|Publication number||US4955507 A|
|Application number||US 07/408,813|
|Publication date||Sep 11, 1990|
|Filing date||Sep 18, 1989|
|Priority date||Oct 29, 1980|
|Publication number||07408813, 408813, US 4955507 A, US 4955507A, US-A-4955507, US4955507 A, US4955507A|
|Inventors||Jonathan Kirschner, Kenneth G. Smazik, Gary V. Paisley|
|Original Assignee||The Coca-Cola Company|
|Export Citation||BiBTeX, EndNote, RefMan|
|Patent Citations (24), Non-Patent Citations (2), Referenced by (55), Classifications (21), Legal Events (6)|
|External Links: USPTO, USPTO Assignment, Espacenet|
This is a continuation-in-part of U.S. patent application Ser. No. 06/924,379, filed Oct. 29, 1980 by the same inventors and having the same title and assignee as this application, and now abandoned.
1. Field of the Invention
This invention relates to a system for reconstituting and dispensing juice, and in a preferred embodiment thereof to an orange juice dispensing system that controls the mixture ratio and flow rate.
2. Description of the Prior Art
Post-mix orange juice dispensing systems are known; however, such known systems do not provide a satisfactorily controlled mixture ratio. For example, it is known to use constant pressure on a concentrate reservoir to provide a constant flow rate. However, the desired result is not achieved because orange juice concentrate viscosity changes with the season, and with the types of oranges picked, and also because pressure regulators vary slightly which also varies the flow rate. It is also known to use a peristaltic pump for the concentrate, however, it has been found that such pumps are limited in the distance that they will pull concentrate because of the viscosity of the concentrate. It is also known to use gravity feed of concentrate from a reservoir located above the dispensing valve, and to use an automatic flow control refill system for the reservoir. However, such systems occupy a large area of counter space, which is often not acceptable.
It is an object of the present invention to provide a system for reconstituting and dispensing juice that solves the problems in the prior art mentioned above.
It is another object of the present invention to provide a juice dispensing system using a peristaltic pump for the concentrate with sensors for detecting flow rate therethrough, a flow meter in the water line, and a microcontroller preprogrammed for controlling one or both of the concentrate or water flow to maintain the desired, predetermined mixture ratio.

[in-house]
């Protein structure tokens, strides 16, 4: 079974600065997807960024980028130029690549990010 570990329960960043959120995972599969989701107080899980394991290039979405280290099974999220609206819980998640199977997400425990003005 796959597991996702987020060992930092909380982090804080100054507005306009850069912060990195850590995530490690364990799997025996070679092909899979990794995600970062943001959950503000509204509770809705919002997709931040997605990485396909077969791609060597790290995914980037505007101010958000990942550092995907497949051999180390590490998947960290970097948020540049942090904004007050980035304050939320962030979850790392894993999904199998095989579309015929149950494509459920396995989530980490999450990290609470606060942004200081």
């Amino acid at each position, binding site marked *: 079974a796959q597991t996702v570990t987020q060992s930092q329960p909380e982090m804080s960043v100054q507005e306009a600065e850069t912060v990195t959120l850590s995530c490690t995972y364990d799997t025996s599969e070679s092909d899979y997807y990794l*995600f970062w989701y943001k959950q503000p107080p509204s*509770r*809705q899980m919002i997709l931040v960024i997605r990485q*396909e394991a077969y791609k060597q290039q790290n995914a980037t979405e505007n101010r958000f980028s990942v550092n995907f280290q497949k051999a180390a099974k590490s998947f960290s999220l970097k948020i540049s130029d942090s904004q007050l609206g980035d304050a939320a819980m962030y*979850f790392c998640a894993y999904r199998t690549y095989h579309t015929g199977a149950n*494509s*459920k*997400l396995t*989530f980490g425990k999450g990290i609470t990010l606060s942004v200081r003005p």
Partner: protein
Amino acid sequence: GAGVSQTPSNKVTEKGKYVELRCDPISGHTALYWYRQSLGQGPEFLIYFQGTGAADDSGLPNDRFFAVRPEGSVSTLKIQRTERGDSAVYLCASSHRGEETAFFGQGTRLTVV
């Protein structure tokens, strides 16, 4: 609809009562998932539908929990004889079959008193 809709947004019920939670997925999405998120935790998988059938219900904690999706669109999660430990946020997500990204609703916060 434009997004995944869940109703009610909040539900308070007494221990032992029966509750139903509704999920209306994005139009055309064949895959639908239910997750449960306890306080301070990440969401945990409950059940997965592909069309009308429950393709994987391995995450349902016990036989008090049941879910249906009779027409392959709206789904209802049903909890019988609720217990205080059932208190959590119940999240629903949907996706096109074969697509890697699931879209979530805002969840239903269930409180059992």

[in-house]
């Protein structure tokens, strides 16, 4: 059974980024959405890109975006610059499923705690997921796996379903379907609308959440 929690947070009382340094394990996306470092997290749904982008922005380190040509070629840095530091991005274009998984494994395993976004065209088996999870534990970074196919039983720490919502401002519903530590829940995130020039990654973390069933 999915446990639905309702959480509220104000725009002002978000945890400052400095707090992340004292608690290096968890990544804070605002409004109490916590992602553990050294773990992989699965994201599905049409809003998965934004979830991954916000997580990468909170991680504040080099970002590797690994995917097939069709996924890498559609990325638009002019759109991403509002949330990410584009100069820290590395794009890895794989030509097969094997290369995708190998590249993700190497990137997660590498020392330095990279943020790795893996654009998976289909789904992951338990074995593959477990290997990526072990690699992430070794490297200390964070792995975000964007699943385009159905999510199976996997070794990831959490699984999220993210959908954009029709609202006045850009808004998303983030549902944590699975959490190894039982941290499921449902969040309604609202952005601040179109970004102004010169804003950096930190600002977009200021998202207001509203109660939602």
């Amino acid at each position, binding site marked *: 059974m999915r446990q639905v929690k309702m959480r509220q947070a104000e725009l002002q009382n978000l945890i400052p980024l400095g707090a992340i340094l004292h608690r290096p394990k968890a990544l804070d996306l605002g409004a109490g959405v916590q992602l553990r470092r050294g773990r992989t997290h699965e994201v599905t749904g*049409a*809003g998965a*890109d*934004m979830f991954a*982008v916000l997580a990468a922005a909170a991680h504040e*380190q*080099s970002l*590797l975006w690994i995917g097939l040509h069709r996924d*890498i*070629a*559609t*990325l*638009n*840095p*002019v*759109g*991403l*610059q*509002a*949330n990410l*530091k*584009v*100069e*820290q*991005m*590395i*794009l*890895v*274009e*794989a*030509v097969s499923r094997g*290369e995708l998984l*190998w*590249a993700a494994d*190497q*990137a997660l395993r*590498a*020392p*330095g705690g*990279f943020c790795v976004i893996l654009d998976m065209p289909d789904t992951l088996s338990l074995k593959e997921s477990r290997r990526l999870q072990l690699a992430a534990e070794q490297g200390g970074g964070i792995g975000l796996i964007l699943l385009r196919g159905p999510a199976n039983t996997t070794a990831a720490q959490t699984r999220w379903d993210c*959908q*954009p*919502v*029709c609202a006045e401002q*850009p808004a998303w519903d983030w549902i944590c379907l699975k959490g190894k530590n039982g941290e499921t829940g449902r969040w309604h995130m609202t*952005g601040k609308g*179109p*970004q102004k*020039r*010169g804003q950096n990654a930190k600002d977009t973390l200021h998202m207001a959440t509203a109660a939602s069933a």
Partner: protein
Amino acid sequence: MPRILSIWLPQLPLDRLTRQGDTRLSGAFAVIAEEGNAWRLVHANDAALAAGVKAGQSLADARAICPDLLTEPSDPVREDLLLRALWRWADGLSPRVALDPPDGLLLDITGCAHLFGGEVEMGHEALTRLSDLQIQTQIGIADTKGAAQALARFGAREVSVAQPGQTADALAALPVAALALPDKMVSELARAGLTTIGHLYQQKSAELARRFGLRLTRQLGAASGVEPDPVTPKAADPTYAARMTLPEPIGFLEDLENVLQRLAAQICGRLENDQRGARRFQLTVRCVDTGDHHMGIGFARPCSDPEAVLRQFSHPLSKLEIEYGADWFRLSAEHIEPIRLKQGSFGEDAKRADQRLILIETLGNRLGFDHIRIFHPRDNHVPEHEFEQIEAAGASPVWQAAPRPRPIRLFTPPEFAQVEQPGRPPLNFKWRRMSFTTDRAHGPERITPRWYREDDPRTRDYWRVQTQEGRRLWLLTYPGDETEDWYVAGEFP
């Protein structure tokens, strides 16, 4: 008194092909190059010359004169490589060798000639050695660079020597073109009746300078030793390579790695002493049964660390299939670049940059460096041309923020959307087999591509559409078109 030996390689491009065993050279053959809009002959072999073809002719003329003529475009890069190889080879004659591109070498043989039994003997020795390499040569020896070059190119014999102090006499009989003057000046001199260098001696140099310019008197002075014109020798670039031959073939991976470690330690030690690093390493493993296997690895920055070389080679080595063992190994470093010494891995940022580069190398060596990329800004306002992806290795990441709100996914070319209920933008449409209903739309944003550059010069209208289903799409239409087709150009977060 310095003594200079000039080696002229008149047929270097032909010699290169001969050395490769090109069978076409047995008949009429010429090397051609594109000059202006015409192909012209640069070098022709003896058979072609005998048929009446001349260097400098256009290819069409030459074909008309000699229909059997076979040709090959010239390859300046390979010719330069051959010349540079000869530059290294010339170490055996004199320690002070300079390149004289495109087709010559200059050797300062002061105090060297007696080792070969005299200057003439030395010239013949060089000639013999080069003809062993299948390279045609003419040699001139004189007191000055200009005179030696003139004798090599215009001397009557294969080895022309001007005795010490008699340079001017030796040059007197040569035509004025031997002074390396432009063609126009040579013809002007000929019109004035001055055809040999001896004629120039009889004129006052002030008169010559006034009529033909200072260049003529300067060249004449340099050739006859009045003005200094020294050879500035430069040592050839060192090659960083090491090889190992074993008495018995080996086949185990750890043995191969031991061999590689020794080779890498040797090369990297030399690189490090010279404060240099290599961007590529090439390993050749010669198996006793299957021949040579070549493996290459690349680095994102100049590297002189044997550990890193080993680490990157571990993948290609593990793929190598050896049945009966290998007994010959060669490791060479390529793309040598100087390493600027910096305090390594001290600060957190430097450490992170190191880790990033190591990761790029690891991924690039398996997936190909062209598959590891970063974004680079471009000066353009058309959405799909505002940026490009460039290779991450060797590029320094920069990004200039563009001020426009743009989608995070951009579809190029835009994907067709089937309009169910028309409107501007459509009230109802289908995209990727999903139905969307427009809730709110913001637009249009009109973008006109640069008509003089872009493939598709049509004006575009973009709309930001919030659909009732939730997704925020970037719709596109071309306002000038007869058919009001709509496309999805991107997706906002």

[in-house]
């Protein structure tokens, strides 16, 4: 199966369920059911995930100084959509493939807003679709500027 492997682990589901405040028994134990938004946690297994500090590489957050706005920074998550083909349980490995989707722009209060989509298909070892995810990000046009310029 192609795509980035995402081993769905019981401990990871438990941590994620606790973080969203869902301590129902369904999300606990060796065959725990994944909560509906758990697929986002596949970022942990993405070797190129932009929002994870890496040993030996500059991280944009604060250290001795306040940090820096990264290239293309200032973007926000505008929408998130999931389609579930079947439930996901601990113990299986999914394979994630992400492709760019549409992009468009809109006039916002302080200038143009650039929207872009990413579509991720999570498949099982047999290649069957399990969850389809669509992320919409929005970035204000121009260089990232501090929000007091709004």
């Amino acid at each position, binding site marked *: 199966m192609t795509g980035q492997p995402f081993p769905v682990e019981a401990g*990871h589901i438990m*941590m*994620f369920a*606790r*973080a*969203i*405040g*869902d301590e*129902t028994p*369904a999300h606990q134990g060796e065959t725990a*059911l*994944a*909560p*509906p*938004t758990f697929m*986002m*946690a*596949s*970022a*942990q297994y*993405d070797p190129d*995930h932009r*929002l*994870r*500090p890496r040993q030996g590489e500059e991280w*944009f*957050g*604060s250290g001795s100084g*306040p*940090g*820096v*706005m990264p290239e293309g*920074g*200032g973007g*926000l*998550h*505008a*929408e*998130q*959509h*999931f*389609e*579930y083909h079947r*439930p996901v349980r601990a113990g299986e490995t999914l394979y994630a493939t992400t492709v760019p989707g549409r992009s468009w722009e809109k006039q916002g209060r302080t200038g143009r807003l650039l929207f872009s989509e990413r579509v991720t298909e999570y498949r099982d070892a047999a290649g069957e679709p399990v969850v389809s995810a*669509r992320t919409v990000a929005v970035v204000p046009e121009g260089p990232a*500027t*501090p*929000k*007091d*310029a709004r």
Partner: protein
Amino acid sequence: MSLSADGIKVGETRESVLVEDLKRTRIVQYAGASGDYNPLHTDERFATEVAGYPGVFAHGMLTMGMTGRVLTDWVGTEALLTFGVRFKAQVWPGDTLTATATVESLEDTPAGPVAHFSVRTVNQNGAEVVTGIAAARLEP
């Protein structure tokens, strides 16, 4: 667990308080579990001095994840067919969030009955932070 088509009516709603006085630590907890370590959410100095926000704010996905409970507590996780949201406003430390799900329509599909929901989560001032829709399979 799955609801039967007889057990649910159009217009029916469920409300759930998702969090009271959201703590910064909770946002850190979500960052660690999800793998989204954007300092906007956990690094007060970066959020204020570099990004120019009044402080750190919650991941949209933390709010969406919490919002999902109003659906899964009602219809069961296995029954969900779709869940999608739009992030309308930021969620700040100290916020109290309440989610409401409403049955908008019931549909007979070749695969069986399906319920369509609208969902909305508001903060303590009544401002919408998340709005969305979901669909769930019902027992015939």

It is another object of the present invention to provide such a juice dispensing system using a d.c. motor controlling the pump, a motorized control valve in the water line, and a microcontroller to control mixture ratio and individual and total flow rate.
It is another object of the present invention to provide a juice dispensing system in which the juice is contained in a rigid, non-returnable plastic container that is connected to the pump to provide a gravity head and that is vented to atmosphere.
A system for reconstituting and dispensing juice, and in a preferred embodiment thereof orange juice, including a container for the juice concentrate, a pump (preferably a peristaltic pump) to which the juice container is connected to provide a gravity head for the peristaltic pump, a motor (preferably a d.c. motor) for driving the pump, means for sensing the flow rate through the pump, a flow meter in the water line for measuring the water flow rate, a motorized control valve in the water line and a microcontroller receiving the signals from the pump's sensor and the flow meter for controlling the mixture ratio and the individual and total flow rate by controlling the speed of the d.c. motor and/or by controlling the motorized control valve. The container is preferably a plastic, semi-rigid, nonreturnable bottle such as the well known PET soft drink bottles. However, a reusable container can also be used.
Tbe present inventino will be more fully understood from the detailed description below when read in connection with the accompanying drawing wherein: